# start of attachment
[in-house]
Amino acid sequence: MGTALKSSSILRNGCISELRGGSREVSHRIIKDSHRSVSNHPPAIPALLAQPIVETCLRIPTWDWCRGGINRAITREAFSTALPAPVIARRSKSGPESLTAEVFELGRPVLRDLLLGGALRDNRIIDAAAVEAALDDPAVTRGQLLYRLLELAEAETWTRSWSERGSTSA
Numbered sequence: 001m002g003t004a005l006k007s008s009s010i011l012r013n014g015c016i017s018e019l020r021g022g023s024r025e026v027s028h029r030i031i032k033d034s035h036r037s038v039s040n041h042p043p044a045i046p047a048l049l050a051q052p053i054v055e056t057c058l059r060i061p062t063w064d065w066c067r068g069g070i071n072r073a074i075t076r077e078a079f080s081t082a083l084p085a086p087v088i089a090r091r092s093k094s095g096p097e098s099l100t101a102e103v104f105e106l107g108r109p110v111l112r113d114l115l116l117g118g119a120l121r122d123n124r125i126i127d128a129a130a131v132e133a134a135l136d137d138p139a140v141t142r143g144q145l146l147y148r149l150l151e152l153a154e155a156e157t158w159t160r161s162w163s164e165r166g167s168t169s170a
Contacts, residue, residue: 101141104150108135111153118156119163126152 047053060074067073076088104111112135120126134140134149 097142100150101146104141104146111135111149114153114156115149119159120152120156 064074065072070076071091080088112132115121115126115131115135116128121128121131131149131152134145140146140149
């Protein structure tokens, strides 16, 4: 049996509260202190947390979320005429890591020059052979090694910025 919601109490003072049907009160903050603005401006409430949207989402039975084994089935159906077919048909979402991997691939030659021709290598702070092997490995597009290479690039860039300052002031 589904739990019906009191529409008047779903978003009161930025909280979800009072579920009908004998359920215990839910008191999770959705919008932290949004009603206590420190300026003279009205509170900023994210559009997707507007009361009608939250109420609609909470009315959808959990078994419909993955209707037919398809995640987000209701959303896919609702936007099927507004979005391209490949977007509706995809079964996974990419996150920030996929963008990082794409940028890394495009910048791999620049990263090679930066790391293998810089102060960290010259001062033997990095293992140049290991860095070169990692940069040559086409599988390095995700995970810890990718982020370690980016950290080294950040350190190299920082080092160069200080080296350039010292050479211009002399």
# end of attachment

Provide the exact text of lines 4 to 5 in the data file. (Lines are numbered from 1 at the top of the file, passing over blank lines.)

Contacts, residue, residue: 101141104150108135111153118156119163126152 047053060074067073076088104111112135120126134140134149 097142100150101146104141104146111135111149114153114156115149119159120152120156 064074065072070076071091080088112132115121115126115131115135116128121128121131131149131152134145140146140149
């Protein structure tokens, strides 16, 4: 049996509260202190947390979320005429890591020059052979090694910025 919601109490003072049907009160903050603005401006409430949207989402039975084994089935159906077919048909979402991997691939030659021709290598702070092997490995597009290479690039860039300052002031 589904739990019906009191529409008047779903978003009161930025909280979800009072579920009908004998359920215990839910008191999770959705919008932290949004009603206590420190300026003279009205509170900023994210559009997707507007009361009608939250109420609609909470009315959808959990078994419909993955209707037919398809995640987000209701959303896919609702936007099927507004979005391209490949977007509706995809079964996974990419996150920030996929963008990082794409940028890394495009910048791999620049990263090679930066790391293998810089102060960290010259001062033997990095293992140049290991860095070169990692940069040559086409599988390095995700995970810890990718982020370690980016950290080294950040350190190299920082080092160069200080080296350039010292050479211009002399």